Thursday, May 14, 2009


Two mornings ago I went through my usual google search. Authors and publishers know to do this on occassion because our work shows up in unapproved forums. As expected, the search pulled up pirate sites which had allowed my books to be uploaded for the general access to all and sundry.

I know that readers think it's no different than lending a book out, a library, or used book sales, but that isn't the case. The internet is a universal access point. The damage is widespread. The theft is massive. Consider that the author who spends hours a day, sometimes for months on a single project, makes a percentage of sales. A short story selling for just under three dollars might net the author sixty cents per sale. We pay our own taxes, pay social security and federal taxes. If the publisher is international, there is the conversion rate to consider. Then consider that popularity of a book fades after just a few months.

In polling several authors, mainstream and erotic, I found that sales can be as low as a few dollars a month. Most publishers won't issue a check below a certain sales figure. I know one author who wasn't paid royalties for five months because sales and conversion rate put her beneath the minimum earning rate for a check to be issued. Now consider that most writers have families or day jobs or both.

Piracy is piracy. Stealing from a hardworking person, taking from their store of creativity isn't suddenly right because you are internet-faceless. It is tantamount to a stranger walking in off the street, going into your desk, stealing confidential files you've worked months on and selling it as his own.

The author doesn't get paid. Their families, children, household income suffers significantly. They depend on the income to make ends meet whatever the economy. Some authors may feel giveaways help them. Fine. Let them give away copies without limitations, that's their choice. But making the universal choice for someone else about their work is a violation of copyright, a violation of creative integrity, and a violation of someones financial support structure.

We don't make much. Even those of us who do well still need outside work to pay the bills. We don't strut around in feather boas and lounge in silk pyjamas. We don't have pool-boys peeling grapes for us. We're like the readers, the general workforce, out there who make a living doing what we know how to do and hoping we bring joy in the process.

I'm being stolen from. The site has been given a cease and desist. They took it down and another person re-posted my work. I can see the number of times it has been downloaded and I know that number will reflect in my publication check. And I'm not alone.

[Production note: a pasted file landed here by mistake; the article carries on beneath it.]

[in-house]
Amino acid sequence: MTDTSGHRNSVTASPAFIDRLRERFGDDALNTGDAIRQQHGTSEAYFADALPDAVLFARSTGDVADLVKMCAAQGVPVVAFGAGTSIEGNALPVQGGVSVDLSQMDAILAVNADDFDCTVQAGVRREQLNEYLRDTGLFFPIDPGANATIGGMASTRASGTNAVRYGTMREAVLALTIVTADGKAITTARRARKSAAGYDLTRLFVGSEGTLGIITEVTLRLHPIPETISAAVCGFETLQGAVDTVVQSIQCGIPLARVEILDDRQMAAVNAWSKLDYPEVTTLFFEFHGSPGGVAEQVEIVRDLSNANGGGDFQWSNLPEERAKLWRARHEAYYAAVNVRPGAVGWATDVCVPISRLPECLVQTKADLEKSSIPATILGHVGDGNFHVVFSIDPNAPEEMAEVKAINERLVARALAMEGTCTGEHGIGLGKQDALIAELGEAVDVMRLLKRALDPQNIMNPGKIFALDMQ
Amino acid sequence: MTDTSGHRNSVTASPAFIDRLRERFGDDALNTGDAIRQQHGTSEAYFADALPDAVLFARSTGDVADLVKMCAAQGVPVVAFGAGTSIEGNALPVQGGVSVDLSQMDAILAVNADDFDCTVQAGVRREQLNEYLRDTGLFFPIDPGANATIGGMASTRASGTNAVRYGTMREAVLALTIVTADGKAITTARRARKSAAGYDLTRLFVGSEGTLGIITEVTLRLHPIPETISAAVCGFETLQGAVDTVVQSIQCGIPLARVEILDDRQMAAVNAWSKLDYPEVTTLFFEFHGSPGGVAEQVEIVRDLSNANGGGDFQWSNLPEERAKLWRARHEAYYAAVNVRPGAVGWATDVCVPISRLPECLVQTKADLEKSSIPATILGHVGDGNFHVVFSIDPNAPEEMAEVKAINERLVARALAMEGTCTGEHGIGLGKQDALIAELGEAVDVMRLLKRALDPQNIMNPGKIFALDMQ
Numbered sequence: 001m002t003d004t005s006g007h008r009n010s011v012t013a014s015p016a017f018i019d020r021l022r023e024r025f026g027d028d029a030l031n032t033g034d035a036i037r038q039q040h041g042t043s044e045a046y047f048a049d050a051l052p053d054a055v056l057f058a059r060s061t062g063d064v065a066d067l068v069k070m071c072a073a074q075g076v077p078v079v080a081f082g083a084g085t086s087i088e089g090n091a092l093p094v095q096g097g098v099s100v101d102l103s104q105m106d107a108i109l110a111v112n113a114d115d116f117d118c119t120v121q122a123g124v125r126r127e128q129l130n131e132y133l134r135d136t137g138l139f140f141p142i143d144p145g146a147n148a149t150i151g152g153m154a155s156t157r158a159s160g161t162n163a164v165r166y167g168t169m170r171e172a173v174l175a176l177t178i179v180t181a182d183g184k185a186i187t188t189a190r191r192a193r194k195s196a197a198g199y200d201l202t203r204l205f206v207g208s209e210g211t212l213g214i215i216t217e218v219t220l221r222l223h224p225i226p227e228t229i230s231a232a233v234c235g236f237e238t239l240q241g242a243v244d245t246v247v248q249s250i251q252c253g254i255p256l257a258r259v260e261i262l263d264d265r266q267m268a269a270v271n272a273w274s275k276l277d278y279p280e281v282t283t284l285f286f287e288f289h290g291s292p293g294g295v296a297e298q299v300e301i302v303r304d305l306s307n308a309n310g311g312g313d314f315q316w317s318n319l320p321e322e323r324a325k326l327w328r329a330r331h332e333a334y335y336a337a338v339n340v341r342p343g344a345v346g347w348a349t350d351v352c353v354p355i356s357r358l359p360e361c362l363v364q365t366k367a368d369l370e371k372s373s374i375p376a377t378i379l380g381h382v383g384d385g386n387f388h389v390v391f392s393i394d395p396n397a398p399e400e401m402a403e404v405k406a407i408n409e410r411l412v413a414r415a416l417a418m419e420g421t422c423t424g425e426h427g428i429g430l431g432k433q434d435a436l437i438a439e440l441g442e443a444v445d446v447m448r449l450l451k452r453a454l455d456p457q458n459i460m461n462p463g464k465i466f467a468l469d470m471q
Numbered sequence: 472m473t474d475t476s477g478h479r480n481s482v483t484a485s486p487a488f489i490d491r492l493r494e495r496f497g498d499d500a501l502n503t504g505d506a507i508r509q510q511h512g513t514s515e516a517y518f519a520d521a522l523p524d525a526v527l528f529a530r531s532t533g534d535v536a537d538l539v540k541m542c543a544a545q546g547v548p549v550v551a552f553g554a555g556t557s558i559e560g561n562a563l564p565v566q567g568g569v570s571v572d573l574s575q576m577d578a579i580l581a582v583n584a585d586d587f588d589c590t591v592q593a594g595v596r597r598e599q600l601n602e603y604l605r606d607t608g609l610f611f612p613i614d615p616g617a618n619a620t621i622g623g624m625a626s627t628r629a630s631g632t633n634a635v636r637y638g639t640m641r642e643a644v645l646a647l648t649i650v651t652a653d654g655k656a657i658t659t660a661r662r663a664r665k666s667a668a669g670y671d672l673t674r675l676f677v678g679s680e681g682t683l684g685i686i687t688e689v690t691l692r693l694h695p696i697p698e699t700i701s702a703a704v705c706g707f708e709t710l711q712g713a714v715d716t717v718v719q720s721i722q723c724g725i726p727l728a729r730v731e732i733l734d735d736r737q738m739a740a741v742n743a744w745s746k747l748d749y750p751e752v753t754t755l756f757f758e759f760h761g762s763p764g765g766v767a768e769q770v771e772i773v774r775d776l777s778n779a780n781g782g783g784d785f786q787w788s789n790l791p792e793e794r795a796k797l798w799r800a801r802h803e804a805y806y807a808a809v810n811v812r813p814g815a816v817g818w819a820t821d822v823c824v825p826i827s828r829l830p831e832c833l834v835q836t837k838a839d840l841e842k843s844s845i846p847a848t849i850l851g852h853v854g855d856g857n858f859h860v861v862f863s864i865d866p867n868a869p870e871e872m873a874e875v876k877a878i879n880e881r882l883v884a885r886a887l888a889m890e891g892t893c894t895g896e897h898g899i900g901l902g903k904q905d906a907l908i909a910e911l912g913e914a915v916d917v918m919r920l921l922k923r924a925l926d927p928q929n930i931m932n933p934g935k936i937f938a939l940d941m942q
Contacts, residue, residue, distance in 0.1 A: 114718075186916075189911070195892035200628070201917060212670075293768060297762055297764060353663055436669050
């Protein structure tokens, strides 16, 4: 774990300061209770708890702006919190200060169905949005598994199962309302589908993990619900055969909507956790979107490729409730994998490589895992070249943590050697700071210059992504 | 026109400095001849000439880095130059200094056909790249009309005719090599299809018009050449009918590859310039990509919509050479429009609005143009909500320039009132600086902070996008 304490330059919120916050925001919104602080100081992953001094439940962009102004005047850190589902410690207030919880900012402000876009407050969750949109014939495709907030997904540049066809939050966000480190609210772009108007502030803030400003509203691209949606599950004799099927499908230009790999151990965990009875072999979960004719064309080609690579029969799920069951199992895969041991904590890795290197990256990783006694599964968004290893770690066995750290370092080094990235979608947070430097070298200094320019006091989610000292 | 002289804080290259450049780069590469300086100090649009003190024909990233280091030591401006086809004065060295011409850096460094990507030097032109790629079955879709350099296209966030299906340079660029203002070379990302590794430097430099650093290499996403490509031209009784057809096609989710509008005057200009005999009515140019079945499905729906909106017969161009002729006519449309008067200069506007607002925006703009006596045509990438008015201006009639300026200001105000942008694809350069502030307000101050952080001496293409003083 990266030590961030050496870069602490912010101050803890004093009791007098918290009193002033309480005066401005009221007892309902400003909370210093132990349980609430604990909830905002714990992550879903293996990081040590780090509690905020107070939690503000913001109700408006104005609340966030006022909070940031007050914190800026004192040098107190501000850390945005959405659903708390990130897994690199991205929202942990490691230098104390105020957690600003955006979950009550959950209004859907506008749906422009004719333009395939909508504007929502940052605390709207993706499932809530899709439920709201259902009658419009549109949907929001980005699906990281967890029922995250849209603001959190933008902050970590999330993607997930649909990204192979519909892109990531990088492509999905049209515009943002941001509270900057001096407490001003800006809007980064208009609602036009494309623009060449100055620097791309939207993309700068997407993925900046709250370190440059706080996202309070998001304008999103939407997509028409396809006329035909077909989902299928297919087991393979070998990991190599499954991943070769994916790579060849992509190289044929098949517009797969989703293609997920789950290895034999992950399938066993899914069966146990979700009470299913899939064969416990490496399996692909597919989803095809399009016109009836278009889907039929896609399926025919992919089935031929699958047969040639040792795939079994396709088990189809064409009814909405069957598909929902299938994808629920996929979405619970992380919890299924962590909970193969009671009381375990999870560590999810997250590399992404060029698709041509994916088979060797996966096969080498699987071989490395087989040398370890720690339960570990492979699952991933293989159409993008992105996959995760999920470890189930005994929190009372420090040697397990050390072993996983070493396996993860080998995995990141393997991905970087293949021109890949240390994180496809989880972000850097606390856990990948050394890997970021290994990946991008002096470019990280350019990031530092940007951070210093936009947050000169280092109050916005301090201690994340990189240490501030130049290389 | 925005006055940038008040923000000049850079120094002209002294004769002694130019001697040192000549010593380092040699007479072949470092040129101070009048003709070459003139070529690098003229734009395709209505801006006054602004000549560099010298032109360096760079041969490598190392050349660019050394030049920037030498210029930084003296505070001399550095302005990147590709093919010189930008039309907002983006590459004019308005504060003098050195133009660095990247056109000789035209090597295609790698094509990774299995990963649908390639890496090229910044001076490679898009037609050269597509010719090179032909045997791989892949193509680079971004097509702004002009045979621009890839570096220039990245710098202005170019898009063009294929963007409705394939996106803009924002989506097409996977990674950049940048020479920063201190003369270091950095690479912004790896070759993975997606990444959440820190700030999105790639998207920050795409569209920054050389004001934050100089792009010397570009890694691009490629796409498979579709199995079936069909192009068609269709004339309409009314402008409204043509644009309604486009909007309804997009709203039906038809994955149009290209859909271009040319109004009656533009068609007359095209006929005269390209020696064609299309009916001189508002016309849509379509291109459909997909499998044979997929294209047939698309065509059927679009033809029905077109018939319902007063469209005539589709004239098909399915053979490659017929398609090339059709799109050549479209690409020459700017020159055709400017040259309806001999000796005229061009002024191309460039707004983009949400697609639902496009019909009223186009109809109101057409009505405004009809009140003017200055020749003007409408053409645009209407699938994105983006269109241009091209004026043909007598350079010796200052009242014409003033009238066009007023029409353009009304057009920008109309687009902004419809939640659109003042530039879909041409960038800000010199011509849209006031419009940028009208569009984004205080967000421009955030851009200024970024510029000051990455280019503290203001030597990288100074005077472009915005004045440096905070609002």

Jennifer Madden said...

So, as an aspiring, unpublished author,I ask, what can you do? The 'cease and desist' thing obviously didn't do much, if another person posted it. Can you go after the website owner? Or is it even worth the hassle?

Jennifer Madden said...

Sorry, another question occurred to me. Is erotica targeted more than other genres?

Rassles said...

What kind of horseshit is this?

Some people believe they should be granted access to everything free of charge. Sometimes I feel like if you're smart enough to work around the system, you deserve it. Create your own programs, professional hackers etc.

But if you're smart enough to click "download" just like the rest of I said, horseshit.

Regina Carlysle said...

I honestly think it's futile to complain because these sites will continue to rip us off. Ebooks are where music was a few years ago over the whole Napster flap. I didn't think much about it at the time but I soooo get why musicians and music companies were pissed. It's stealing.

Mia Watts said...

Rass-Yeah, it's totally horseshit. Stealing isn't heroic no matter what form it comes in.

Jennifer-In the poll I took, more erotica writers get ripped off than mainstream because of the demand. You're more likely to get someone checking for a mainstream book in a store, but bring in erotica and people fear public opinion. Therefore online sites get more traffic. Also depends on the name you've created and its popularity.

As far as I know there's nothing to stop that's not already being done. Kindle has proprietary software and some ePublishers are developing the same thing. However, work arounds will be invented and uploaded for the process to start again.

At least with the Google Settlement, they are interested in paying royalties for viewing scanned books. But that's another blog.

Regina-It's frustrating and pointless. The cease and desist, as you know, only works for a very short time before someone reloads it. I would hope that site owners begin to write in code to catch the markers of these uploads and from the NYT article it sounds like there might be hope for honest vendors. Then there are the dishonest vendors who don't care so long as they make money.

Basically, no solution at this point.

Gwen said...

Oh my fucking god. That is infuriating, Mia. You work hard on your work and to have it stolen is such a violation.